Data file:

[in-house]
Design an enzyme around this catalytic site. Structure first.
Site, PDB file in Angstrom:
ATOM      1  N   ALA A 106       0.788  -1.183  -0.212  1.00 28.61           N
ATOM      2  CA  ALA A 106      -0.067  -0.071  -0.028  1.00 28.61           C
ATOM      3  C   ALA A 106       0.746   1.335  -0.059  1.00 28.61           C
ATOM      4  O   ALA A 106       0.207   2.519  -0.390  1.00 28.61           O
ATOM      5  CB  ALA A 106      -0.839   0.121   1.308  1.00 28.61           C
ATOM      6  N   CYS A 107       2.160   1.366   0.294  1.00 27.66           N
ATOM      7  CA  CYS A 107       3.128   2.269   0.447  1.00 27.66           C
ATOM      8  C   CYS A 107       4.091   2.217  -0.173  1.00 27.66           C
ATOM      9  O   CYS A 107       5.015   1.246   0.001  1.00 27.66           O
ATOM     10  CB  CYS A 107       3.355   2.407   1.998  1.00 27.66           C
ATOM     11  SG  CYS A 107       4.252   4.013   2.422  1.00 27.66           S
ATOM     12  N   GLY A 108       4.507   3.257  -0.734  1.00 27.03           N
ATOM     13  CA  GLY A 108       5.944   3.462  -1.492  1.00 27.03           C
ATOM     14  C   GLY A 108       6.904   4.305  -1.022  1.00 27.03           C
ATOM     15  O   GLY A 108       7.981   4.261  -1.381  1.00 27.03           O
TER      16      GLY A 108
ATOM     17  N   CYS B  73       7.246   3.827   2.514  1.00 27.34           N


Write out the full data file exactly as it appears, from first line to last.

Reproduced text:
[in-house]
Design an enzyme around this catalytic site. Structure first.
Site, PDB file in Angstrom:
ATOM      1  N   ALA A 106       0.788  -1.183  -0.212  1.00 28.61           N
ATOM      2  CA  ALA A 106      -0.067  -0.071  -0.028  1.00 28.61           C
ATOM      3  C   ALA A 106       0.746   1.335  -0.059  1.00 28.61           C
ATOM      4  O   ALA A 106       0.207   2.519  -0.390  1.00 28.61           O
ATOM      5  CB  ALA A 106      -0.839   0.121   1.308  1.00 28.61           C
ATOM      6  N   CYS A 107       2.160   1.366   0.294  1.00 27.66           N
ATOM      7  CA  CYS A 107       3.128   2.269   0.447  1.00 27.66           C
ATOM      8  C   CYS A 107       4.091   2.217  -0.173  1.00 27.66           C
ATOM      9  O   CYS A 107       5.015   1.246   0.001  1.00 27.66           O
ATOM     10  CB  CYS A 107       3.355   2.407   1.998  1.00 27.66           C
ATOM     11  SG  CYS A 107       4.252   4.013   2.422  1.00 27.66           S
ATOM     12  N   GLY A 108       4.507   3.257  -0.734  1.00 27.03           N
ATOM     13  CA  GLY A 108       5.944   3.462  -1.492  1.00 27.03           C
ATOM     14  C   GLY A 108       6.904   4.305  -1.022  1.00 27.03           C
ATOM     15  O   GLY A 108       7.981   4.261  -1.381  1.00 27.03           O
TER      16      GLY A 108
ATOM     17  N   CYS B  73       7.246   3.827   2.514  1.00 27.34           N